Bitmain, the world’s largest crypto mining firm, has opened the code for its privacy-centric know-your-customer protocol (KYC), called Coconut.
Coconut uses Intel’s Enhanced Privacy ID for authentication and separates the management of identifying information and information needed to conduct business. Coconut is a response to industry fears that KYC demands might potentially compromise user identification, allowing for unfettered tracking of customers and their activity. In the words of the code’s explaining document:
“As one of the major features of blockchain is that all transaction records are public, transparent and permanent, there are concerns that organizations could potentially track and analyze customer behavior on blockchain once they have implemented KYC. This will raise serious privacy issues and obstruct the spread of blockchain.”
The separation of the identity authentication and the business make it so that companies could potentially integrate the software and offer exchanges and other blockchain outfits “authentication as a service.” Exchanges are not always fully aboveboard, and users in the modern market are expected to hand over all of their personal information just to do business. As Bitmain says, this raises concerns, and so Coconut is one potential answer – the ability for independent, trusted verification services for both clients and businesses that need to authenticate their users for legal purposes.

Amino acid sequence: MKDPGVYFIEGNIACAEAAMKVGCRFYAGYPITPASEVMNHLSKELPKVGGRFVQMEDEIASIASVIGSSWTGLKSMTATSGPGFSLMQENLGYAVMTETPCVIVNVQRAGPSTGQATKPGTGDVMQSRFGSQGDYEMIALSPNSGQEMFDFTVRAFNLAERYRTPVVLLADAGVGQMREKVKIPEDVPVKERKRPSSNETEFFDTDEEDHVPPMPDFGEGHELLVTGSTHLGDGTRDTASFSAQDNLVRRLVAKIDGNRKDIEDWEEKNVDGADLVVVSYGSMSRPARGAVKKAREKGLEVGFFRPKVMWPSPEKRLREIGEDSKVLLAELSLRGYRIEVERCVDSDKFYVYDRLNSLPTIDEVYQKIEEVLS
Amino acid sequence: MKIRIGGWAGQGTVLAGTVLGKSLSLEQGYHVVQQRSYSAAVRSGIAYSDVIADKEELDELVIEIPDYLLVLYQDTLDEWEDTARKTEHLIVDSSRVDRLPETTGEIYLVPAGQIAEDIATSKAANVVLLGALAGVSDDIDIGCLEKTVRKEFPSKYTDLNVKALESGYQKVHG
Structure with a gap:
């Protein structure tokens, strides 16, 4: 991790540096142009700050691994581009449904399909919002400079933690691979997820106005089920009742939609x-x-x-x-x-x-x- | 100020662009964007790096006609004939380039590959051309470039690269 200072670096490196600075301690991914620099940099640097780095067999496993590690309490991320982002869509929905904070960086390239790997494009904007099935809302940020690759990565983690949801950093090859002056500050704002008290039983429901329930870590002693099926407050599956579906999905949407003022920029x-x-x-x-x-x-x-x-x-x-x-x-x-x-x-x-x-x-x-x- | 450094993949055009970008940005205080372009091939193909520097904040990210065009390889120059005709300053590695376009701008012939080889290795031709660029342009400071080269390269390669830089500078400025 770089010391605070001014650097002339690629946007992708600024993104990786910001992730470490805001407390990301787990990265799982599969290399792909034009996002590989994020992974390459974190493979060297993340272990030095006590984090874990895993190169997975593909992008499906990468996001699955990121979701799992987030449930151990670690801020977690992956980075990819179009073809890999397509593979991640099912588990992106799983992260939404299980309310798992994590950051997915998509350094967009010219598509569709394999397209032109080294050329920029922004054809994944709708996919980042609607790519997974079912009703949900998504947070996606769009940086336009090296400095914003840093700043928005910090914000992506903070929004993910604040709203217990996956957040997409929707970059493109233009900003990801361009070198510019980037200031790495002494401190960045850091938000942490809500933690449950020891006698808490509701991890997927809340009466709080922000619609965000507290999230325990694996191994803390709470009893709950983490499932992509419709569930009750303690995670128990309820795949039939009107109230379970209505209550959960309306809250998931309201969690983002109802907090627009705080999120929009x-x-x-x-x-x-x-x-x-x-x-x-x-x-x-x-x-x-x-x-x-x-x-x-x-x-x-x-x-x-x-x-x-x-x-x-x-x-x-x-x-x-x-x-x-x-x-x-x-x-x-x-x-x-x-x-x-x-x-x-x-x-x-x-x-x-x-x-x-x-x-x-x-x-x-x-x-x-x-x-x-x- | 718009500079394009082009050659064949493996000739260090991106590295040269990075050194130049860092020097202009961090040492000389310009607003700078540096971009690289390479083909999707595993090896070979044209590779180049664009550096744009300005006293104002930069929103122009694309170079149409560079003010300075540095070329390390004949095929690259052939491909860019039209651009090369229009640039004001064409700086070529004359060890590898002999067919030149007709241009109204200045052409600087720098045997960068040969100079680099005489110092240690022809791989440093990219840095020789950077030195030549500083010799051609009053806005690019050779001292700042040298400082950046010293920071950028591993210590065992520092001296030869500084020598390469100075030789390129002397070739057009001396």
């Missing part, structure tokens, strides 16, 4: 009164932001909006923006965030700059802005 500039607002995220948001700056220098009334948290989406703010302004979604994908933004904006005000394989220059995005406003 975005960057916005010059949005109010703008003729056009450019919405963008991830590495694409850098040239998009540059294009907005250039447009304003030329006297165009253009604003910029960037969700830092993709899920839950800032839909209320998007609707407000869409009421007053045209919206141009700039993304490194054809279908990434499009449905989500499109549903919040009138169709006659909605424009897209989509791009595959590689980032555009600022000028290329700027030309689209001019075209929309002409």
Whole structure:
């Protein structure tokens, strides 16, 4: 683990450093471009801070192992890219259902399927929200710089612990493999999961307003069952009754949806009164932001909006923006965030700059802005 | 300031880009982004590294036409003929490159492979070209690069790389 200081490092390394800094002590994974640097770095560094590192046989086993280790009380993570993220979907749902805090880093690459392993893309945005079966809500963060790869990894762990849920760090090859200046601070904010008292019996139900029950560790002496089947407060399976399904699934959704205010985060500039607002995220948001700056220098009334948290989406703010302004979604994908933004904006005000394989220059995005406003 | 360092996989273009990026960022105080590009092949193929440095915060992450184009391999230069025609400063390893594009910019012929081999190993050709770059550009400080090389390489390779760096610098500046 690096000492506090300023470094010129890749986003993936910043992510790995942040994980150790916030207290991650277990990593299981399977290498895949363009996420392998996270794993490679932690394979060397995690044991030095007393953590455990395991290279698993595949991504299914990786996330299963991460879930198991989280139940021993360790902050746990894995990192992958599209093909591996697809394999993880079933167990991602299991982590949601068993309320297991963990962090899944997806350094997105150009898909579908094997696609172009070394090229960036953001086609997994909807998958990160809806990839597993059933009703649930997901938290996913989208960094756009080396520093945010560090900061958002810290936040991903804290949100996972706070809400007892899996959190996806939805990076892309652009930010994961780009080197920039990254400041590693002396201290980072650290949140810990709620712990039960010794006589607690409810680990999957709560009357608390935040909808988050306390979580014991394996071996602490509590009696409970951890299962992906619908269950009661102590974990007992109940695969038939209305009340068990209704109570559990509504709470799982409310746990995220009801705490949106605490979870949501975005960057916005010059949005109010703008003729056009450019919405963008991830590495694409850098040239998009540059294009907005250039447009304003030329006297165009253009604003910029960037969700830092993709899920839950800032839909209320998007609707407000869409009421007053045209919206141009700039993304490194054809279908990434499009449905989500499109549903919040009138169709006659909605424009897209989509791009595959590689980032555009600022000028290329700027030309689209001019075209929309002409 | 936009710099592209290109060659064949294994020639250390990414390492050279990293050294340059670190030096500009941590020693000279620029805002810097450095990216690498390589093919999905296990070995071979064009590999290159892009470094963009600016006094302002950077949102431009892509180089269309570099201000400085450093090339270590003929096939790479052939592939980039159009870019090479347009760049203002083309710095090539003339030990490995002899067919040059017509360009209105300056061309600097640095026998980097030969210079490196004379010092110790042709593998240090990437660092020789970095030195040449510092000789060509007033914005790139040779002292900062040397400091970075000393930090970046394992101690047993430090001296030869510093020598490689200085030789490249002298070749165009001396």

The move to open source the code indicates that Bitmain may not necessarily be offering such services as part of its core business model moving forward. It allows other companies with an interest in identity verification, either exchanges or wallet providers or companies that want to offer the service independently, to have a starting point if not simply use the software as is. The code is released under the permissive Apache 2.0 license and appears to be done in Java.
Bitmain says on its blog:
“Although there are numerous identity authentication schemes in the industry, most of these schemes focus on the use of blockchain to store and verify users’ identity information, or they attempt to carry out authentication in an absolute decentralized manner, which, considering today’s reality, seems to be part of a cryptopian future. The failure of the existing schemes to address the issues today has prevented them from being adopted widely. Coconut aims to use technical means to solve the problems in the service layer instead of the network layer.”
A trend seems to be developing of companies open-sourcing crypto-related code that was previously proprietary or closed-source, with Square having recently open-sourced its Bitcoin cold storage system.
Featured Image from Shutterstock
Last modified (UTC): December 6, 2018 17:52